Precision medicine has undoubtedly been in the spotlight for a number of years. However, in the coming years, it is predicted that the topics of gene regulation and the brain, as well as third-generation sequencing (TGS), will be making waves in the field of genomics.
The human brain is organized into four levels. The lowest is the genome level; next is the transcription-factor-gene (TF-gene) network level, which is based on molecular phenotypes and gene regulation; the synaptic epigenesist level is third; the highest is the long-range connectivity level, which is related to individual consciousness and social life. Genomics allows us to look into the TF-gene network, and currently, much research is emerging revealing how cognitive disease and behaviors are controlled via genetic changes. In the coming years, we will likely see more revelations on how genetic regulations are connected with diseases such as Autism Spectrum Disorder (ASD).
Third-generation sequencing (TGS) is considered the third revolution in sequencing technology. Since the introduction of Sanger Sequencing in 1977, the first revolution in sequencing, technology has greatly advanced. Next Generation Sequencing (NGS) followed, which allowed scientists to perform high-throughput sequencing faster, cheaper, and more efficiently than Sanger Sequencing.
Now TGS is being leveraged to keep up with the evolving demands of genomics research. New TGS technologies allow us to explore genomes at an unprecedented resolution, and it is predicted that TGS will soon become the new standard in DNA sequencing.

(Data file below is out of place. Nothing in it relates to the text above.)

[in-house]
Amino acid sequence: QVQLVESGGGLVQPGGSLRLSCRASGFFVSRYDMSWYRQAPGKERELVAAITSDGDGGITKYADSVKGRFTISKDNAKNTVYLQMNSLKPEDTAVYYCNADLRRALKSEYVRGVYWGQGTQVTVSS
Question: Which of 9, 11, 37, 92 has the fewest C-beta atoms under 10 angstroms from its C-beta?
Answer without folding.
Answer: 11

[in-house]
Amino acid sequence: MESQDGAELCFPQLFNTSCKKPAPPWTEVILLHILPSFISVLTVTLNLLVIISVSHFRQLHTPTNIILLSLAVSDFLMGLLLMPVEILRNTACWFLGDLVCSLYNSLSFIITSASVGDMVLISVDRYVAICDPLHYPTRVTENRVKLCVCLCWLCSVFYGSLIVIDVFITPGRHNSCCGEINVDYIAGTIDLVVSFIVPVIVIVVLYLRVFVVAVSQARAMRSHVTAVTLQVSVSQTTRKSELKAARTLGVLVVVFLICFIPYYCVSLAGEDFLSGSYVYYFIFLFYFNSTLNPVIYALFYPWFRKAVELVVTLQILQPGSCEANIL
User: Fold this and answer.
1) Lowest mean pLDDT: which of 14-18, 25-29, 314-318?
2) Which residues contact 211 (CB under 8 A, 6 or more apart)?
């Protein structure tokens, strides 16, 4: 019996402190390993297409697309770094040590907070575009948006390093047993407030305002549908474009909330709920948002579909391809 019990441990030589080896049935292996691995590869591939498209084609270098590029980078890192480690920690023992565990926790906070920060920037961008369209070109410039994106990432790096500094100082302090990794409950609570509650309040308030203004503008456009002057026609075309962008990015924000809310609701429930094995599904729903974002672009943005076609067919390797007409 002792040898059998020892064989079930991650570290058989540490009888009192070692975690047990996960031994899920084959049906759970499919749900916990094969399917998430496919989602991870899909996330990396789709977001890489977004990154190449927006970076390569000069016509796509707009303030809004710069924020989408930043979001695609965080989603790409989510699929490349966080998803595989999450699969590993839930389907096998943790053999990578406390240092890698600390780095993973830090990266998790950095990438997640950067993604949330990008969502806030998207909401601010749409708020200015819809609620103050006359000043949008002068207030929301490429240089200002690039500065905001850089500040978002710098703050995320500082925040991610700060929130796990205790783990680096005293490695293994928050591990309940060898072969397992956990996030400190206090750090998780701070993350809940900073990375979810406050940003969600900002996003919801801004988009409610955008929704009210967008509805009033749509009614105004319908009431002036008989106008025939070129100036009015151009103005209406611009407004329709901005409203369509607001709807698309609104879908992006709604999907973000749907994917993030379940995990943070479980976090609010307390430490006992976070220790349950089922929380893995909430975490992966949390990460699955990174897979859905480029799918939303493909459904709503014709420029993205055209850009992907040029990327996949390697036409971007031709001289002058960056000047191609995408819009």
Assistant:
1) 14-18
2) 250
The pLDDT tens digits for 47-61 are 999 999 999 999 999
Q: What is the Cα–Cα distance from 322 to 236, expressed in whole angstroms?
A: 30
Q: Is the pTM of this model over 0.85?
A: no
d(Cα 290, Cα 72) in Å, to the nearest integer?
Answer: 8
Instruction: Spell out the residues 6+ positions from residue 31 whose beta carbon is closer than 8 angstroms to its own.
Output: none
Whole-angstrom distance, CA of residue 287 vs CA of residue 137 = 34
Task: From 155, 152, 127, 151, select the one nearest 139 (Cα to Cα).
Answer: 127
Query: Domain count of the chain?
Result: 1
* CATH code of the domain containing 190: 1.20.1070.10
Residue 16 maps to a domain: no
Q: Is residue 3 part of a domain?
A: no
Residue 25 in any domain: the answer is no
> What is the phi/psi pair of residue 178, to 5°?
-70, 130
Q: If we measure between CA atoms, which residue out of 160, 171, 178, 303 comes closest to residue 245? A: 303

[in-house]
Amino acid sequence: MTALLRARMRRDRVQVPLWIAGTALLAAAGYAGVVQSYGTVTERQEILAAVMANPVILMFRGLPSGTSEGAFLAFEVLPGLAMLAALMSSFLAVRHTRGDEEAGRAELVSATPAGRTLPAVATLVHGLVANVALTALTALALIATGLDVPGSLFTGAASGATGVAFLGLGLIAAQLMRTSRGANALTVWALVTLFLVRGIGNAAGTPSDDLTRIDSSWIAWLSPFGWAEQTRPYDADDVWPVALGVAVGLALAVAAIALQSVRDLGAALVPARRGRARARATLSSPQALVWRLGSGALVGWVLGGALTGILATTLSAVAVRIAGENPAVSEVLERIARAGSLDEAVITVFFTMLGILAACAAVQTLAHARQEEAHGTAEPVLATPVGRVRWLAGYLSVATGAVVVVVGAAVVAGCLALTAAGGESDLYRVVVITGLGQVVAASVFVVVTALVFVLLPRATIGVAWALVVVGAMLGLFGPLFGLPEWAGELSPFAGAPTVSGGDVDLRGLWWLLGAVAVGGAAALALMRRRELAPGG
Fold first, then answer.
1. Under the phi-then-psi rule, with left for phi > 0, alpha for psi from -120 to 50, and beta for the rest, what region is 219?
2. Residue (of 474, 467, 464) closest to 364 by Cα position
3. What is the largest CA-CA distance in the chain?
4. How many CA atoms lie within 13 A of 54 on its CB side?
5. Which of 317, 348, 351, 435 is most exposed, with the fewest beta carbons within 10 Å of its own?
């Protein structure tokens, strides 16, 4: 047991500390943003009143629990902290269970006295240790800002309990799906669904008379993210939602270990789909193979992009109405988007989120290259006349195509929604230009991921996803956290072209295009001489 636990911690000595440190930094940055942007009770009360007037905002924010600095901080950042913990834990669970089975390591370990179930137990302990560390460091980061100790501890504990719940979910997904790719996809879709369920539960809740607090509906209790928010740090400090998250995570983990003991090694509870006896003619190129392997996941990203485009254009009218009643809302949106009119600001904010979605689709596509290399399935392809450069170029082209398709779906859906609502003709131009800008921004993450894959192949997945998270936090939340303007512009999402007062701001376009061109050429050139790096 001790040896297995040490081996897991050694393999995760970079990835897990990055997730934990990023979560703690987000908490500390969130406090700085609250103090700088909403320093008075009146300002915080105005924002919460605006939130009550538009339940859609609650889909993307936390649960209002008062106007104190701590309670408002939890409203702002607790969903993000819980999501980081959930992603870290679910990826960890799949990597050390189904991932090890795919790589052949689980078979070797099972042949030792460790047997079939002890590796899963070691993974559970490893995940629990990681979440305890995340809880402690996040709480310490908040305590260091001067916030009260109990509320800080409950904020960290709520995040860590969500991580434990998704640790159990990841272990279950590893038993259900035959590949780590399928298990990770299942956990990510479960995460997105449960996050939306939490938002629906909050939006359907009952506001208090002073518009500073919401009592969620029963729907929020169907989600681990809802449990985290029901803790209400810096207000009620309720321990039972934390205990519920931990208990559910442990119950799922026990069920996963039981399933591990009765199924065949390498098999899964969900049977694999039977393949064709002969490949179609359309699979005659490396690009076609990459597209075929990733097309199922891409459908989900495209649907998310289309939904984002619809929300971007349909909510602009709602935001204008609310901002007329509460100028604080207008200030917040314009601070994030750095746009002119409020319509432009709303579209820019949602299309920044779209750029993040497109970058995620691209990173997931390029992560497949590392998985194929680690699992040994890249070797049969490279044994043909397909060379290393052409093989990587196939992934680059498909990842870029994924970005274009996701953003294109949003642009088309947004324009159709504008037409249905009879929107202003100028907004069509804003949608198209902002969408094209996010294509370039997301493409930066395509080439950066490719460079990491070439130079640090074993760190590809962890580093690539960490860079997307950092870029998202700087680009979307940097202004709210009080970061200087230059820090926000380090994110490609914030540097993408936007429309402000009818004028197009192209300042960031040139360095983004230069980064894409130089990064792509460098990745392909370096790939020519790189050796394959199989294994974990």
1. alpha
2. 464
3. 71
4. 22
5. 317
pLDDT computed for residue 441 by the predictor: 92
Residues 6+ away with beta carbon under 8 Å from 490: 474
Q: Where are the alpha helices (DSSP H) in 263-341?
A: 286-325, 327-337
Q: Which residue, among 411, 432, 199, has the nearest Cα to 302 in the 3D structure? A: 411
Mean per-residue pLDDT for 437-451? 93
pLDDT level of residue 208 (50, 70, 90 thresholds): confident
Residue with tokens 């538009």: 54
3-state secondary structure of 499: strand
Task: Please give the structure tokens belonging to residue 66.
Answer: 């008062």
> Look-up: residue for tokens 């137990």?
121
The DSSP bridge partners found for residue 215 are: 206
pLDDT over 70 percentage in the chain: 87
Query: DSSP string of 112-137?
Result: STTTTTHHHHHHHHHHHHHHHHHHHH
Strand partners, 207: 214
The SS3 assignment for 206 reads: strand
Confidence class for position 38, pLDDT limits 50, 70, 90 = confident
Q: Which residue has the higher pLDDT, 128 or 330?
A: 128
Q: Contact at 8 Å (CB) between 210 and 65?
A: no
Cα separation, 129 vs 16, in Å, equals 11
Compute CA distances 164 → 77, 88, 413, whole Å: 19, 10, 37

Current Global Market of Genomics
The global genomics market was valued at $24.16 billion in 2021 and is predicted to grow rapidly at a CAGR of 16.4% from 2022 to 2030 to reach more than $100 billion. Growth in the market will be driven by the rapidly increasing demand for gene therapy, precision medicine, drug discovery, and the increased incidence of cancer worldwide. Additionally, there have been several joint ventures and partnerships amongst key market players in recent years that will further propel market growth. For example, in June, Illumina, Inc. and Allegheny Health Network entered into a partnership to explore the impact of Comprehensive Genomic Profiling (CGP).
Currently, North America represents the largest market share holder, with 42.5% of the market in 2021. This sizable market share is largely due to this region's many research institutes and pharmaceutical companies. Partnerships in this region are also driving the market growth. In January 2022, for example, Illumina, Inc. announced its collaboration with Nashville Biosciences, LLC (part of Vanderbilt University Medical Center at Tennesee).
Key industry players include Agilent Technologies, Bio-Rad Laboratories, Inc., BGI Genomics, Color Genomics, Inc., Danaher Corporation, Eppendorf AG, Eurofins Scientific, F. Hoffmann-La Roche Ltd., GE Healthcare, Illumina, Inc., Myriad Genetics, Inc., Oxford Nanopore Technologies, Pacific Biosciences of California, Inc., QIAGEN N.V., Quest Diagnostics Incorporated, Thermo Fisher Scientific, Inc., and 23andMe, Inc.
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Future Directions for Genomics
The future of genomics will be driven by demand from the health sector. Genomics is vitally important to diagnosing and treating disease. Trends in diseases such as cancer will likely shape the directions in which genomics technologies develop.
While in their third revolution, genomics technologies have a long way to go before they reach their potential. Over the next decade, we will likely see vast improvements in genomics technologies and new capabilities emerge. As a result, genomics will be leveraged in more clinical applications.